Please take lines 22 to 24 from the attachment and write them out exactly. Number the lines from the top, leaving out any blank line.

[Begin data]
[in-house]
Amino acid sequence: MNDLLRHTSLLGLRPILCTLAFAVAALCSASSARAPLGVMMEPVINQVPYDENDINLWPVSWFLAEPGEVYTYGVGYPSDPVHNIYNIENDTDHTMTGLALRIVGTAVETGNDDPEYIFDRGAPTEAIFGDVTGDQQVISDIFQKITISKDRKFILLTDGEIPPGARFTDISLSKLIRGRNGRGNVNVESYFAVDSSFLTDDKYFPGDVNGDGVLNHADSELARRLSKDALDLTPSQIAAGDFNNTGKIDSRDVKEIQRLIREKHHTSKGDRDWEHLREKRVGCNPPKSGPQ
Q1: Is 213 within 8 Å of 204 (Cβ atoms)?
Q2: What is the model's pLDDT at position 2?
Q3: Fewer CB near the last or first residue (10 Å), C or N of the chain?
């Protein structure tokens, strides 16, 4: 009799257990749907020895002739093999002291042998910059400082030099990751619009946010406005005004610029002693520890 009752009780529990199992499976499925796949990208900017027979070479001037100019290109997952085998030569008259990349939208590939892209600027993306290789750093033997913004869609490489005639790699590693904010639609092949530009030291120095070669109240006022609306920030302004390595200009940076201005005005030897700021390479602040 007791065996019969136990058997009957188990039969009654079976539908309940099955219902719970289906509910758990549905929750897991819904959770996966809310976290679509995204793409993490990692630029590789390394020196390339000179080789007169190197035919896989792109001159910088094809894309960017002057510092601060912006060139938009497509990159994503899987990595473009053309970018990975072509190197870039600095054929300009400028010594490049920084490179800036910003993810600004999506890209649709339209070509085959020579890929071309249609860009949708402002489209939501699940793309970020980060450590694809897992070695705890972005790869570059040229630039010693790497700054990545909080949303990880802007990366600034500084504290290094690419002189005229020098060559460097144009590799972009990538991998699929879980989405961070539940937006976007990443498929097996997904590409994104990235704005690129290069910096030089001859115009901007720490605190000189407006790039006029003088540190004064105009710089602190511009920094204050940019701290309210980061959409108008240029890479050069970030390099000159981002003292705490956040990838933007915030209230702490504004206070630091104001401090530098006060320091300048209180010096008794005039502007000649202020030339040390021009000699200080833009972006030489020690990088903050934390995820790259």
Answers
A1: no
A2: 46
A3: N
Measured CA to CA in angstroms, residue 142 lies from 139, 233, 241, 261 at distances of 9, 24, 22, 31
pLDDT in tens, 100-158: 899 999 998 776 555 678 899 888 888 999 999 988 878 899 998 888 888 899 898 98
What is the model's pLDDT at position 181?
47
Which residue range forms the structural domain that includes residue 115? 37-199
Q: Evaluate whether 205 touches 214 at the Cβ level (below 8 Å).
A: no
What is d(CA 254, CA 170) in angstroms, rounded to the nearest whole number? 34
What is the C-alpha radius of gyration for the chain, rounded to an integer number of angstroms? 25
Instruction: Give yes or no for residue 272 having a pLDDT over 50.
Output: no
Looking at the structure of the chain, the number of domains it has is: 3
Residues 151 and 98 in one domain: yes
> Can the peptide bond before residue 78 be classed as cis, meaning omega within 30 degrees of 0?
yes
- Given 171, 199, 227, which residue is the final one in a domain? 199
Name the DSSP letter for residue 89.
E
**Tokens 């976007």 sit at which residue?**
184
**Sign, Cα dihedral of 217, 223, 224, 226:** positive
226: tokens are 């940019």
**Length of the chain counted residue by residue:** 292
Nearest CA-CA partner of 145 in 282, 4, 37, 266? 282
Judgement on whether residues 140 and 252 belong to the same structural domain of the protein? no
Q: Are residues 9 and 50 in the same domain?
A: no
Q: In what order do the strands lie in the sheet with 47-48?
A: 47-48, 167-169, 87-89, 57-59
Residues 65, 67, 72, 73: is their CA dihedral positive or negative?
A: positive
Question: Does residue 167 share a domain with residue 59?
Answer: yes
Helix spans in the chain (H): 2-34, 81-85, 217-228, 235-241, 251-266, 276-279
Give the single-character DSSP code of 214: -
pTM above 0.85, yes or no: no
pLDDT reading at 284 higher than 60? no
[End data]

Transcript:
Looking at the structure of the chain, the number of domains it has is: 3
Residues 151 and 98 in one domain: yes
> Can the peptide bond before residue 78 be classed as cis, meaning omega within 30 degrees of 0?